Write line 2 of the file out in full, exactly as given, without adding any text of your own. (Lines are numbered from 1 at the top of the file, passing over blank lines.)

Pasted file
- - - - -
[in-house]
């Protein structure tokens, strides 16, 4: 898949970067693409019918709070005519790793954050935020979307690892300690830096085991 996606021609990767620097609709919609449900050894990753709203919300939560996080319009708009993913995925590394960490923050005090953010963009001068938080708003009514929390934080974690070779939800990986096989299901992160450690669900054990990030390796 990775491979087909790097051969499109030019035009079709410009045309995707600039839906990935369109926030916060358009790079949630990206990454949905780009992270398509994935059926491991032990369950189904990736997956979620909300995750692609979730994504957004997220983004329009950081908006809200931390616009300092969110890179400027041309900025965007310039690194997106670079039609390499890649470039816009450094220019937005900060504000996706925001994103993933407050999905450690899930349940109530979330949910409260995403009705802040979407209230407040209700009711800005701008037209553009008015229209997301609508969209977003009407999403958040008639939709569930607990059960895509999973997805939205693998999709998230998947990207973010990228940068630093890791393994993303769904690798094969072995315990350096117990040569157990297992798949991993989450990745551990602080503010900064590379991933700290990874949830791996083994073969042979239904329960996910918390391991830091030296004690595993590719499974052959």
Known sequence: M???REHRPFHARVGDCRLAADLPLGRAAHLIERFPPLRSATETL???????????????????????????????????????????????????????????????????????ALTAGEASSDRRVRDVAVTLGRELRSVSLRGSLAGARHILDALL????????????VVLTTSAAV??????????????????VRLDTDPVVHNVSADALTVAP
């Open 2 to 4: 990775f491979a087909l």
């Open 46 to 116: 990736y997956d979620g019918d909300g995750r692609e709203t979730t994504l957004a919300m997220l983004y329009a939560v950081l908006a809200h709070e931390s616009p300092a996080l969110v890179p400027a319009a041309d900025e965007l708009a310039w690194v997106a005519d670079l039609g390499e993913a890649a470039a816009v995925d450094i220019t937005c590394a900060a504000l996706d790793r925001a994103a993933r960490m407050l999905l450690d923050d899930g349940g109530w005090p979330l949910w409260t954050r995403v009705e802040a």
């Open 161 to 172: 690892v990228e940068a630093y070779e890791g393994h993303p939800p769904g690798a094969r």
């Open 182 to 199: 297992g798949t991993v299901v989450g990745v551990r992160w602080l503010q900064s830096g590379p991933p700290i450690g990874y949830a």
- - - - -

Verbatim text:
């Protein structure tokens, strides 16, 4: 898949970067693409019918709070005519790793954050935020979307690892300690830096085991 996606021609990767620097609709919609449900050894990753709203919300939560996080319009708009993913995925590394960490923050005090953010963009001068938080708003009514929390934080974690070779939800990986096989299901992160450690669900054990990030390796 990775491979087909790097051969499109030019035009079709410009045309995707600039839906990935369109926030916060358009790079949630990206990454949905780009992270398509994935059926491991032990369950189904990736997956979620909300995750692609979730994504957004997220983004329009950081908006809200931390616009300092969110890179400027041309900025965007310039690194997106670079039609390499890649470039816009450094220019937005900060504000996706925001994103993933407050999905450690899930349940109530979330949910409260995403009705802040979407209230407040209700009711800005701008037209553009008015229209997301609508969209977003009407999403958040008639939709569930607990059960895509999973997805939205693998999709998230998947990207973010990228940068630093890791393994993303769904690798094969072995315990350096117990040569157990297992798949991993989450990745551990602080503010900064590379991933700290990874949830791996083994073969042979239904329960996910918390391991830091030296004690595993590719499974052959």